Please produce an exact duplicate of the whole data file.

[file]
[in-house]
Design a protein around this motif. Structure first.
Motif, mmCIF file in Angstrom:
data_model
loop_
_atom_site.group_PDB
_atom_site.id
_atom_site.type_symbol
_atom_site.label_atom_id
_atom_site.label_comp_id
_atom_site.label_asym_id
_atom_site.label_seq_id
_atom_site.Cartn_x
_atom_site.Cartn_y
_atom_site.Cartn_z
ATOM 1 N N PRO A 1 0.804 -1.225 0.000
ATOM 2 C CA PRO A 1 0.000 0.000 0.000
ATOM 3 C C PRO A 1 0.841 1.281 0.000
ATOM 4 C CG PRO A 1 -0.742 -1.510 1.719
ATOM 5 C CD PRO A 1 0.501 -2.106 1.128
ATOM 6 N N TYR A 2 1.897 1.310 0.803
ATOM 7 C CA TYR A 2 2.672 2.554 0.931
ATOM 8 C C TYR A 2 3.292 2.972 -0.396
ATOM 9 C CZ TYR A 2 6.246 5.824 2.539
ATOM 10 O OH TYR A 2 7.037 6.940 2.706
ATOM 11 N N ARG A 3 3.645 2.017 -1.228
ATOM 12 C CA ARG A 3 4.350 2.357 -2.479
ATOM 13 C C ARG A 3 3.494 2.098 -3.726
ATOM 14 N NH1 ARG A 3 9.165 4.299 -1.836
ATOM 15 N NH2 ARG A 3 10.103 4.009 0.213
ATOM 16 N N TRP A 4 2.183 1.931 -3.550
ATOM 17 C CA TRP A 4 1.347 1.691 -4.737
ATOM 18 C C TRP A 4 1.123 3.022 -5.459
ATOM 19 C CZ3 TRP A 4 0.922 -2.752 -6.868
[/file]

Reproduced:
[in-house]
Design a protein around this motif. Structure first.
Motif, mmCIF file in Angstrom:
data_model
loop_
_atom_site.group_PDB
_atom_site.id
_atom_site.type_symbol
_atom_site.label_atom_id
_atom_site.label_comp_id
_atom_site.label_asym_id
_atom_site.label_seq_id
_atom_site.Cartn_x
_atom_site.Cartn_y
_atom_site.Cartn_z
ATOM 1 N N PRO A 1 0.804 -1.225 0.000
ATOM 2 C CA PRO A 1 0.000 0.000 0.000
ATOM 3 C C PRO A 1 0.841 1.281 0.000
ATOM 4 C CG PRO A 1 -0.742 -1.510 1.719
ATOM 5 C CD PRO A 1 0.501 -2.106 1.128
ATOM 6 N N TYR A 2 1.897 1.310 0.803
ATOM 7 C CA TYR A 2 2.672 2.554 0.931
ATOM 8 C C TYR A 2 3.292 2.972 -0.396
ATOM 9 C CZ TYR A 2 6.246 5.824 2.539
ATOM 10 O OH TYR A 2 7.037 6.940 2.706
ATOM 11 N N ARG A 3 3.645 2.017 -1.228
ATOM 12 C CA ARG A 3 4.350 2.357 -2.479
ATOM 13 C C ARG A 3 3.494 2.098 -3.726
ATOM 14 N NH1 ARG A 3 9.165 4.299 -1.836
ATOM 15 N NH2 ARG A 3 10.103 4.009 0.213
ATOM 16 N N TRP A 4 2.183 1.931 -3.550
ATOM 17 C CA TRP A 4 1.347 1.691 -4.737
ATOM 18 C C TRP A 4 1.123 3.022 -5.459
ATOM 19 C CZ3 TRP A 4 0.922 -2.752 -6.868